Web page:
Continuous Active Learning (CAL) is one of the more recent incarnations of predictive coding and removes the need for upfront training sessions, as it categorises and prioritises the remaining documents 'on the fly.'
This is a great article by Lizzie Hancock and Ed Spencer at Taylor Wessing looking at how it can be used most effectively. One of the greatest benefits we have seen of this technology is in respect of investigations, where the system learns as the investigation proceeds and allows for instant access to the core documents, rather than going through training sets.
However, as ever, there are challenges associated with the use of CAL and before using it in anger you really need to understand what the technology is doing and how you are going to use it in the context of the wider review exercise, in order for the concept to yield useful results.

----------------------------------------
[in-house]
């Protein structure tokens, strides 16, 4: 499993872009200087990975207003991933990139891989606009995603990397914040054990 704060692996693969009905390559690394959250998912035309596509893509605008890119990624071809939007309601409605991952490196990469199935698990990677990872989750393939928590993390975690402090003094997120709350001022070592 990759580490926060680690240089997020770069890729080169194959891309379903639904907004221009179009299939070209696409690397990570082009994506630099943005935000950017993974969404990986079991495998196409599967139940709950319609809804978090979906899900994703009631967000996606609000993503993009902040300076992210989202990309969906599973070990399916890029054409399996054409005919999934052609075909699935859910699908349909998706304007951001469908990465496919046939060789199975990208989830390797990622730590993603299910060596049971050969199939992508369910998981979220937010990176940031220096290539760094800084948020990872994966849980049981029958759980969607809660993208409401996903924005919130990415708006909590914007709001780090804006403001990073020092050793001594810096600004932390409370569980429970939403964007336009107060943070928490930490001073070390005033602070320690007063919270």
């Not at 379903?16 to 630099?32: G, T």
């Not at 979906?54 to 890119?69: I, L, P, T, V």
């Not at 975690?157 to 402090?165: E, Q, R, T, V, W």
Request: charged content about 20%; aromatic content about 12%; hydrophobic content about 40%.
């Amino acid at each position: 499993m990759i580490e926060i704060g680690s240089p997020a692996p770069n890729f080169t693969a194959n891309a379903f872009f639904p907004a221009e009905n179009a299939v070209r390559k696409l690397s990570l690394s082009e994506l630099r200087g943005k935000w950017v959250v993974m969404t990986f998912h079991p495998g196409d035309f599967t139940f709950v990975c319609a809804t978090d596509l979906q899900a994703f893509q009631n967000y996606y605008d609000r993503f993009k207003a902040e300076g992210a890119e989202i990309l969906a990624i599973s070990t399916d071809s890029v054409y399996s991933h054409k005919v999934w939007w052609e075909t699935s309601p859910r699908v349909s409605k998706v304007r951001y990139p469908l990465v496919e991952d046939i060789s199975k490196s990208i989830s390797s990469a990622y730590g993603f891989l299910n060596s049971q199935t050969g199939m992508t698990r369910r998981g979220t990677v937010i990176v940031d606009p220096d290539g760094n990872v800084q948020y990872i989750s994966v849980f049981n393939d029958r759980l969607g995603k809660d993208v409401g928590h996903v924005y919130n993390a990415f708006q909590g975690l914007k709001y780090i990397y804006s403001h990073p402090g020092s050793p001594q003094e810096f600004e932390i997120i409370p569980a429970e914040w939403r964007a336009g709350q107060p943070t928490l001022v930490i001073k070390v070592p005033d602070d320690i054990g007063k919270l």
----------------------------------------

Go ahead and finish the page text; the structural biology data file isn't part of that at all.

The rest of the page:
To quote the authors final words: "Technology should be assisting your review, so don’t be afraid to use it!"
Technology assisted review, or predictive coding as it is often called is becoming more and more advanced. It will, or should, in the near future become a part of every document review exercise in some capacity. One of the most talked about innovations in technology assisted review is continuous active learning (CAL). Understanding how this technology can be applied to document review exercises in disputes or investigations is fundamental to getting to the most relevant documents at the earliest stage whilst also keeping costs down.